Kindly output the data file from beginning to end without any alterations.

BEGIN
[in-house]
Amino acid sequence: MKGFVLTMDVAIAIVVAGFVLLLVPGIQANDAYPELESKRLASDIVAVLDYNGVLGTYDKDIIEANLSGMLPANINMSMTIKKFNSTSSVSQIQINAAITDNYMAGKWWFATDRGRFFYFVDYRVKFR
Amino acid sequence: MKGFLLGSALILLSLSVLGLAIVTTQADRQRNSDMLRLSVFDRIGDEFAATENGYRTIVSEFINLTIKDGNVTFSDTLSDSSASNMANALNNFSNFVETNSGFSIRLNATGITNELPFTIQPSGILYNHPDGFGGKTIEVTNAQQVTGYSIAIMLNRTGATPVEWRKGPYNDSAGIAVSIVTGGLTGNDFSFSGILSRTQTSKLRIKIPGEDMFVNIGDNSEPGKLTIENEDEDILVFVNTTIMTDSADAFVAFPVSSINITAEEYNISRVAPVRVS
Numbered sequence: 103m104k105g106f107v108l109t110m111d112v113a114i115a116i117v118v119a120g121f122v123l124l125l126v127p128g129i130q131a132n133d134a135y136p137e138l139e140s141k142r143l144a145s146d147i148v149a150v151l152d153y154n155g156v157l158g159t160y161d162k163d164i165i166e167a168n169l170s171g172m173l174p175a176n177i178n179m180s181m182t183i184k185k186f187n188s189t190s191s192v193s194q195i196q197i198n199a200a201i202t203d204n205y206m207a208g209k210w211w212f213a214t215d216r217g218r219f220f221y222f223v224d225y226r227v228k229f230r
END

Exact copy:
[in-house]
Amino acid sequence: MKGFVLTMDVAIAIVVAGFVLLLVPGIQANDAYPELESKRLASDIVAVLDYNGVLGTYDKDIIEANLSGMLPANINMSMTIKKFNSTSSVSQIQINAAITDNYMAGKWWFATDRGRFFYFVDYRVKFR
Amino acid sequence: MKGFLLGSALILLSLSVLGLAIVTTQADRQRNSDMLRLSVFDRIGDEFAATENGYRTIVSEFINLTIKDGNVTFSDTLSDSSASNMANALNNFSNFVETNSGFSIRLNATGITNELPFTIQPSGILYNHPDGFGGKTIEVTNAQQVTGYSIAIMLNRTGATPVEWRKGPYNDSAGIAVSIVTGGLTGNDFSFSGILSRTQTSKLRIKIPGEDMFVNIGDNSEPGKLTIENEDEDILVFVNTTIMTDSADAFVAFPVSSINITAEEYNISRVAPVRVS
Numbered sequence: 103m104k105g106f107v108l109t110m111d112v113a114i115a116i117v118v119a120g121f122v123l124l125l126v127p128g129i130q131a132n133d134a135y136p137e138l139e140s141k142r143l144a145s146d147i148v149a150v151l152d153y154n155g156v157l158g159t160y161d162k163d164i165i166e167a168n169l170s171g172m173l174p175a176n177i178n179m180s181m182t183i184k185k186f187n188s189t190s191s192v193s194q195i196q197i198n199a200a201i202t203d204n205y206m207a208g209k210w211w212f213a214t215d216r217g218r219f220f221y222f223v224d225y226r227v228k229f230r